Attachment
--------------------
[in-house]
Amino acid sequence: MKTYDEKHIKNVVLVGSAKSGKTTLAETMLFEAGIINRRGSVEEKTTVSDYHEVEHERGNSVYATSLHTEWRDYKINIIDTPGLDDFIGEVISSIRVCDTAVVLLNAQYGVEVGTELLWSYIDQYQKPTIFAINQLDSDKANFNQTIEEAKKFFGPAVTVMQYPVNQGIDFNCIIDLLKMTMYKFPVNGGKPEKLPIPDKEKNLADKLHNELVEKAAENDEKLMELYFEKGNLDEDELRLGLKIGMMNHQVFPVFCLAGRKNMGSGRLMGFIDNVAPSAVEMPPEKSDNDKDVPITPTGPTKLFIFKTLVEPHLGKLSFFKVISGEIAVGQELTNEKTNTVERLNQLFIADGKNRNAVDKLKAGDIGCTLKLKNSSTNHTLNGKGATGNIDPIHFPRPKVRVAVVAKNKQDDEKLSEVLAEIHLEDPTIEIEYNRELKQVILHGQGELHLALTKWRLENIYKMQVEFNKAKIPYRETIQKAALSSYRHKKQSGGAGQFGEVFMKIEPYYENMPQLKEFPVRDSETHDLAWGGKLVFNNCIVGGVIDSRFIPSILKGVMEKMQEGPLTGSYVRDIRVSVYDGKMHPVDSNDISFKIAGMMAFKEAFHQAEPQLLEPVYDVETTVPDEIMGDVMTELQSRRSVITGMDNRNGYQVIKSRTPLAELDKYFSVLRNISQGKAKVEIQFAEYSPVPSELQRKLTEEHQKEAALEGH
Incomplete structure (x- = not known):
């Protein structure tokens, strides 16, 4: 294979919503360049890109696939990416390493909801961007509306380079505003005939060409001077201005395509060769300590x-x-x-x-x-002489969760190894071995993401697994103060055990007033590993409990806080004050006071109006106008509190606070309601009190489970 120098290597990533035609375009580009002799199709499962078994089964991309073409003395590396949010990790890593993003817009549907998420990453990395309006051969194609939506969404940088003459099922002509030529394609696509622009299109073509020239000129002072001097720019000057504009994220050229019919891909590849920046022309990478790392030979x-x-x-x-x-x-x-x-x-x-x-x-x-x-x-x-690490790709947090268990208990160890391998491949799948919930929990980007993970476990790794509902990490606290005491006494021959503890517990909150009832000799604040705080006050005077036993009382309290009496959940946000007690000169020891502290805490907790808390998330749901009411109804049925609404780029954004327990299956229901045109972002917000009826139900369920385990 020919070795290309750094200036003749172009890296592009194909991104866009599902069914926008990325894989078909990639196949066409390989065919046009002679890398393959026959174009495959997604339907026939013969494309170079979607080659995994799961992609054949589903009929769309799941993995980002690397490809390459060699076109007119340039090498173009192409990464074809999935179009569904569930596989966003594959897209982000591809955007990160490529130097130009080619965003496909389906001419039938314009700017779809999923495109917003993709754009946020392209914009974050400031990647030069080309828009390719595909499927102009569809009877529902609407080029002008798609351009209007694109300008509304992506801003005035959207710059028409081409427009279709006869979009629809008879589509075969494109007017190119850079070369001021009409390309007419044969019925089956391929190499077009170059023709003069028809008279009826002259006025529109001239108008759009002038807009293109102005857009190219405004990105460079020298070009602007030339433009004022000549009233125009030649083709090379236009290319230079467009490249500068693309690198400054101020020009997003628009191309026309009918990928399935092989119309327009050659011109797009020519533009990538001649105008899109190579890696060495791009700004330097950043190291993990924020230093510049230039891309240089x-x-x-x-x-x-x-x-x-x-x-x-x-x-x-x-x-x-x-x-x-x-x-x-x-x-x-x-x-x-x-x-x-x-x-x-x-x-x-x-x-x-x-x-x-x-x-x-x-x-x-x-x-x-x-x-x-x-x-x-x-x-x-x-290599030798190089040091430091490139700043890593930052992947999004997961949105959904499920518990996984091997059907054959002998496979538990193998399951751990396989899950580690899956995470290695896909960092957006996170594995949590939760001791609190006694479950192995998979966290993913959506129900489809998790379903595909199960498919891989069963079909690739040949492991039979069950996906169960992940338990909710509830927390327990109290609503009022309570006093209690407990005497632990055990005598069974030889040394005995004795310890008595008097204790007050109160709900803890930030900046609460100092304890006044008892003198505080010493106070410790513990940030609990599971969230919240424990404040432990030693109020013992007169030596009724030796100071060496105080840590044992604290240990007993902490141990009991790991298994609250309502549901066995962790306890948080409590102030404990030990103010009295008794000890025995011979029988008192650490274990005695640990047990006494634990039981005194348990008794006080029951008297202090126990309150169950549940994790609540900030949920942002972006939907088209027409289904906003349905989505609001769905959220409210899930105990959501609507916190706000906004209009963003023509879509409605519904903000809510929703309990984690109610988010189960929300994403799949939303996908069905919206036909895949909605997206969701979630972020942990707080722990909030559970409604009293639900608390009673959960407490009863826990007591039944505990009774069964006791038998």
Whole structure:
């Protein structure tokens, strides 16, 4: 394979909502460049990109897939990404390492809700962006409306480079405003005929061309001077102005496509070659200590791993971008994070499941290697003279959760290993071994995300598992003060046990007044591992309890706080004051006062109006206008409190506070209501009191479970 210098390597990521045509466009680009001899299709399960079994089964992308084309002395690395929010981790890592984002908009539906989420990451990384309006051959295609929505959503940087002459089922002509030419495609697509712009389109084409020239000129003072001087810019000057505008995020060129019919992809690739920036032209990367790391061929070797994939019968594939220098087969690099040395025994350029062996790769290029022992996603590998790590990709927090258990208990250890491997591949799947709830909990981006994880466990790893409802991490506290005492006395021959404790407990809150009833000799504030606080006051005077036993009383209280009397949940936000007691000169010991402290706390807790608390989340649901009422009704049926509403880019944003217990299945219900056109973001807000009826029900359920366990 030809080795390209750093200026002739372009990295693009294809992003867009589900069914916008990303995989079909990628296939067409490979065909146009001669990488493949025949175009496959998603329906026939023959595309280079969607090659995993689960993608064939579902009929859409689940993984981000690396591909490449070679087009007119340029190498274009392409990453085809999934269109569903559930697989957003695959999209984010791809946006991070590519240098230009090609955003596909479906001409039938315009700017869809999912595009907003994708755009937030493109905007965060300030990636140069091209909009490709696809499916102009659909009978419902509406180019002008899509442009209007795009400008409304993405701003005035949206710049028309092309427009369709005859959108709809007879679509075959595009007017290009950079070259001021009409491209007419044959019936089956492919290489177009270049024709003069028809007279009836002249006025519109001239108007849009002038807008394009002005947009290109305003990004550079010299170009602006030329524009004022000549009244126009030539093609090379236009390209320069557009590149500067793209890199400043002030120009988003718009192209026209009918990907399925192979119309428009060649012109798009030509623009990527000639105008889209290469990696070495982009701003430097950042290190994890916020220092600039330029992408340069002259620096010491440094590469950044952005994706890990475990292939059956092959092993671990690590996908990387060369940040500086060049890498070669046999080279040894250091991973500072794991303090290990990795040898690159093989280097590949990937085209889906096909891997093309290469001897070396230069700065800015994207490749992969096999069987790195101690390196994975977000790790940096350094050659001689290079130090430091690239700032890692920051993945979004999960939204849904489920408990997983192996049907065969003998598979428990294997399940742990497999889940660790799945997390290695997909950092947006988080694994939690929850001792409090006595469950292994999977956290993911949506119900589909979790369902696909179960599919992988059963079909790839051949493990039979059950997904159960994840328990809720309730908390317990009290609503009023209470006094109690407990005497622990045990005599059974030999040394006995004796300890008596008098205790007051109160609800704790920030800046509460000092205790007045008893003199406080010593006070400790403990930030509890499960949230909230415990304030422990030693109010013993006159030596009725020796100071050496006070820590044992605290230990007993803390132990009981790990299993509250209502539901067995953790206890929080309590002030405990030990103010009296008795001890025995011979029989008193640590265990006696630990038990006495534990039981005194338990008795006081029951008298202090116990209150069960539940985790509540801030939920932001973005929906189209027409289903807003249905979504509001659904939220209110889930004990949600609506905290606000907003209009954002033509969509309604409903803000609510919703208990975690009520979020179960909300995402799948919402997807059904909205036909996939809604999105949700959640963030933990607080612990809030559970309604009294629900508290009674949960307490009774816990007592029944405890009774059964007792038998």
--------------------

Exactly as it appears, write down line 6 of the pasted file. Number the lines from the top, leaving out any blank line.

């Protein structure tokens, strides 16, 4: 394979909502460049990109897939990404390492809700962006409306480079405003005929061309001077102005496509070659200590791993971008994070499941290697003279959760290993071994995300598992003060046990007044591992309890706080004051006062109006206008409190506070209501009191479970 210098390597990521045509466009680009001899299709399960079994089964992308084309002395690395929010981790890592984002908009539906989420990451990384309006051959295609929505959503940087002459089922002509030419495609697509712009389109084409020239000129003072001087810019000057505008995020060129019919992809690739920036032209990367790391061929070797994939019968594939220098087969690099040395025994350029062996790769290029022992996603590998790590990709927090258990208990250890491997591949799947709830909990981006994880466990790893409802991490506290005492006395021959404790407990809150009833000799504030606080006051005077036993009383209280009397949940936000007691000169010991402290706390807790608390989340649901009422009704049926509403880019944003217990299945219900056109973001807000009826029900359920366990 030809080795390209750093200026002739372009990295693009294809992003867009589900069914916008990303995989079909990628296939067409490979065909146009001669990488493949025949175009496959998603329906026939023959595309280079969607090659995993689960993608064939579902009929859409689940993984981000690396591909490449070679087009007119340029190498274009392409990453085809999934269109569903559930697989957003695959999209984010791809946006991070590519240098230009090609955003596909479906001409039938315009700017869809999912595009907003994708755009937030493109905007965060300030990636140069091209909009490709696809499916102009659909009978419902509406180019002008899509442009209007795009400008409304993405701003005035949206710049028309092309427009369709005859959108709809007879679509075959595009007017290009950079070259001021009409491209007419044959019936089956492919290489177009270049024709003069028809007279009836002249006025519109001239108007849009002038807008394009002005947009290109305003990004550079010299170009602006030329524009004022000549009244126009030539093609090379236009390209320069557009590149500067793209890199400043002030120009988003718009192209026209009918990907399925192979119309428009060649012109798009030509623009990527000639105008889209290469990696070495982009701003430097950042290190994890916020220092600039330029992408340069002259620096010491440094590469950044952005994706890990475990292939059956092959092993671990690590996908990387060369940040500086060049890498070669046999080279040894250091991973500072794991303090290990990795040898690159093989280097590949990937085209889906096909891997093309290469001897070396230069700065800015994207490749992969096999069987790195101690390196994975977000790790940096350094050659001689290079130090430091690239700032890692920051993945979004999960939204849904489920408990997983192996049907065969003998598979428990294997399940742990497999889940660790799945997390290695997909950092947006988080694994939690929850001792409090006595469950292994999977956290993911949506119900589909979790369902696909179960599919992988059963079909790839051949493990039979059950997904159960994840328990809720309730908390317990009290609503009023209470006094109690407990005497622990045990005599059974030999040394006995004796300890008596008098205790007051109160609800704790920030800046509460000092205790007045008893003199406080010593006070400790403990930030509890499960949230909230415990304030422990030693109010013993006159030596009725020796100071050496006070820590044992605290230990007993803390132990009981790990299993509250209502539901067995953790206890929080309590002030405990030990103010009296008795001890025995011979029989008193640590265990006696630990038990006495534990039981005194338990008795006081029951008298202090116990209150069960539940985790509540801030939920932001973005929906189209027409289903807003249905979504509001659904939220209110889930004990949600609506905290606000907003209009954002033509969509309604409903803000609510919703208990975690009520979020179960909300995402799948919402997807059904909205036909996939809604999105949700959640963030933990607080612990809030559970309604009294629900508290009674949960307490009774816990007592029944405890009774059964007792038998």